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Elizabeth Warren's student loan bill fails in the Senate, GOP called it a 'political stunt

Sen. Lamar Alexander, R-Tenn., speaks at the Bluebird Cafe in Nashville, Tenn., on Monday, May 12, 2014, about co-sponsoring legislation aimed at improving royalties for songwriters. Looking on at rear, from left, are songwriters Roxie Dean and Rivers Rutherford. (AP Photo) AP Photo

A student loan bill from Sen. Elizabeth Warren (D-Mass.) was shot down in the Senate on Wednesday, after Republicans criticized it as a "political stunt" that's taking time away from work on a critical bill on veterans healthcare.

In a procedural vote, the Senate voted 56-38 for Warren's Bank on Students Emergency Loan Refinancing Act. That's a majority, but under Senate rules, 60 votes were needed to end debate on the bill and set up a final vote.

Sen. Elizabeth Warren, D-Mass., watched her student loan bill fail in the Senate on Wednesday. Republicans called it a 'political stunt.' (AP Photo/J. Scott Applewhite)

Sixty votes were only possible with help from five Republicans, but those GOP votes weren't there.

Democrats have spent the past week saying steps are needed to help save people from drowning in student loan debt. Warren's bill would let people refinance their loans at lower interest rates, and President Barack Obama has called on Congress to pass it.

But Republicans have pointed to an analysis of the bill that says all it would do is save the average borrower $1 a day. Senate Education Committee ranking member Lamar Alexander (R-Tenn.) noted that this small adjustment to people's loan payments would come with a huge price — a tax hike on high-income earners that would raise $72 billion over the next decade.

"College graduates don't need a $1-a-day taxpayer subsidy to help pay off a $27,000 loan," Alexander said Sunday. "They need a good job."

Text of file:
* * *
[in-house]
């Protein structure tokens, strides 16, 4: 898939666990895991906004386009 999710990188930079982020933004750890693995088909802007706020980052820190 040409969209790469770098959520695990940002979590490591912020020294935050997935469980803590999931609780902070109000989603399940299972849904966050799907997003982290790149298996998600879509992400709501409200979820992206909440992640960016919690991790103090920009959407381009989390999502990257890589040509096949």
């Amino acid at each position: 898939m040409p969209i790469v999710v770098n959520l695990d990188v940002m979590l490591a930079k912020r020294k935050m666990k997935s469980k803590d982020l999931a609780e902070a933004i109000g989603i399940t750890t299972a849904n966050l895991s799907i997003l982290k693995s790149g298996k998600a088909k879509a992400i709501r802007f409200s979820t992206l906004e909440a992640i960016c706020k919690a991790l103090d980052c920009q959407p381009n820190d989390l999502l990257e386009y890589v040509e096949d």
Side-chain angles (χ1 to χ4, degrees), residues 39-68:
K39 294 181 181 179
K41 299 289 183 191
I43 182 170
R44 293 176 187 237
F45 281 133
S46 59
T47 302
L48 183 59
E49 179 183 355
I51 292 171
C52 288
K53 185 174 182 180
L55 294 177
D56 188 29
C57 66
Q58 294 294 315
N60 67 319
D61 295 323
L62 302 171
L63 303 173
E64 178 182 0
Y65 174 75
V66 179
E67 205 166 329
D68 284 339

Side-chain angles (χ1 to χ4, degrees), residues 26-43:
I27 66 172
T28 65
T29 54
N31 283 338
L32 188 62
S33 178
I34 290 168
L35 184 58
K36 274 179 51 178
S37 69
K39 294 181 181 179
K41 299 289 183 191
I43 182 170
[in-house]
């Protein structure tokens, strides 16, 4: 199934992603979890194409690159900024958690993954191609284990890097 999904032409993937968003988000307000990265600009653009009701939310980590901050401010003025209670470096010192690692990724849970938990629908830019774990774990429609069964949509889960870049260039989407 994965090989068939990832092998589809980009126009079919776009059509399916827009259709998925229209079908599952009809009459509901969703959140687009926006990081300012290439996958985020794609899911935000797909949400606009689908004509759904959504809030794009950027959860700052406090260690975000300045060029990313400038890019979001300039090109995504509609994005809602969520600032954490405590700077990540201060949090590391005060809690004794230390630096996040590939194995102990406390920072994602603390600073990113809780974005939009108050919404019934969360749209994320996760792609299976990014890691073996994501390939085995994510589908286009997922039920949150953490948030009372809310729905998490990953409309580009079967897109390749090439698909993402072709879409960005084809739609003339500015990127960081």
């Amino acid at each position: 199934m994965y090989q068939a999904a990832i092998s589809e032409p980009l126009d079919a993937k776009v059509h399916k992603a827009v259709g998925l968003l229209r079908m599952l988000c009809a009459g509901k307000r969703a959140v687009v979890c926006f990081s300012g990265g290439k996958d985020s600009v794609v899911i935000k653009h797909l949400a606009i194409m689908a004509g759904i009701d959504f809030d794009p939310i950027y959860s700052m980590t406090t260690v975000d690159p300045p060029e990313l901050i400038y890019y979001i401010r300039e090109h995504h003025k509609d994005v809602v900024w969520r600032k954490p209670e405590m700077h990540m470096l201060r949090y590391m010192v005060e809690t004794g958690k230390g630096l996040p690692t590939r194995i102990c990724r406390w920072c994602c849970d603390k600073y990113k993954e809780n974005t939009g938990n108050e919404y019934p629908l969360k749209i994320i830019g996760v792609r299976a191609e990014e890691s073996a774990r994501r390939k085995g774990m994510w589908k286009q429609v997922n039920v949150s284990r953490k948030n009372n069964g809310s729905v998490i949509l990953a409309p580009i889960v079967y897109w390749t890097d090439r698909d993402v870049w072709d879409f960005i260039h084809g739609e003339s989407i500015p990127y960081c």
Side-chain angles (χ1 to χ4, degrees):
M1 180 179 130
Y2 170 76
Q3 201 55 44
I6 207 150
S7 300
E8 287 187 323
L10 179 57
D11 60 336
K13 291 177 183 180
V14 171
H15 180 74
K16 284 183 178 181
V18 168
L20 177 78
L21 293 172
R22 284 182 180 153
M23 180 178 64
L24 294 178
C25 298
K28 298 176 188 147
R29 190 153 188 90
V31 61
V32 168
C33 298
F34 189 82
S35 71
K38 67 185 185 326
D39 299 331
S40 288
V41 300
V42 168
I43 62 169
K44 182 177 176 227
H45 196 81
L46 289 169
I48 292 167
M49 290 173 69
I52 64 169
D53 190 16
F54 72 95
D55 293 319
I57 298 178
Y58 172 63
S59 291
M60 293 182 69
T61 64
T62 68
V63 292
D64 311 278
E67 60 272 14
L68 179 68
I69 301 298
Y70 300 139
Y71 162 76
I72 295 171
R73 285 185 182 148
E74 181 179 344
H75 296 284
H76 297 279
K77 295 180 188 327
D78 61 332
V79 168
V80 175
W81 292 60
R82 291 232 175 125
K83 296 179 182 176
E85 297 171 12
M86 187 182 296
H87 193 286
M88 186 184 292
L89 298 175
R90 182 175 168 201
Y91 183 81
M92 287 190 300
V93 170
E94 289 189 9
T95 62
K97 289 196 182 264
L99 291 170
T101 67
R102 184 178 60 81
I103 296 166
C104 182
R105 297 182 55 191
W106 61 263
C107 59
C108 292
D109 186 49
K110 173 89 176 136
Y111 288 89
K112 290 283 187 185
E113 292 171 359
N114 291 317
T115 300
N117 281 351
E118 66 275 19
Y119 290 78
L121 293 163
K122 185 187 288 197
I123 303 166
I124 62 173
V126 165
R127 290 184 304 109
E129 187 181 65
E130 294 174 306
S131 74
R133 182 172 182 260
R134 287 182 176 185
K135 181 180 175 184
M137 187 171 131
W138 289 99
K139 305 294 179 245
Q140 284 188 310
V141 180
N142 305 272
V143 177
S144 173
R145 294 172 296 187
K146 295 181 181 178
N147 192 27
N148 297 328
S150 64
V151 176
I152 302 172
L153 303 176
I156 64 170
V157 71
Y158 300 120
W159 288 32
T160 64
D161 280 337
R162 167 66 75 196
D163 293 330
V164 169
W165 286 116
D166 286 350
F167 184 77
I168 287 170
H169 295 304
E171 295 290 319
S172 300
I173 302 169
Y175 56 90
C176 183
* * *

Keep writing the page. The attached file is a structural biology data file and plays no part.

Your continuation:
On Wednesday morning, Alexander added that by holding the vote, Democrats were wasting time that could have been used to advance a bipartisan Senate bill to reform the Department of Veterans Affairs.

"Why don't we send this political stunt on student loans to the Senate Education committee… and let's move on to the veterans bill immediately," Alexander said. "Why should we take a week on a political stunt that everybody here knows won't pass, while veterans are standing in line at clinics, waiting for us to act on a bipartisan solution to their problem?"

Just before the procedural vote on the student loan bill, Senate Minority Leader Mitch McConnell (R-Ky.) accused Democrats of setting up the vote to fail to help create a campaign issue.

"The Senate Democrats' bill isn't really about students at all, it's really all about Senate Democrats," he said. "Because Senate Democrats don't actually want a solution for their students. They want an issue to campaign on to save their own hides this November."

Warren defended her bill as a fair trade that requires the rich to pay more to help people with student loan debt. "Investing in students and asking billionaires to pay their taxes seems pretty fair to me," she said before the vote.

But the bill would affect many who aren't billionaires. Her tax hike would increase taxes on income starting at $1 million per year.

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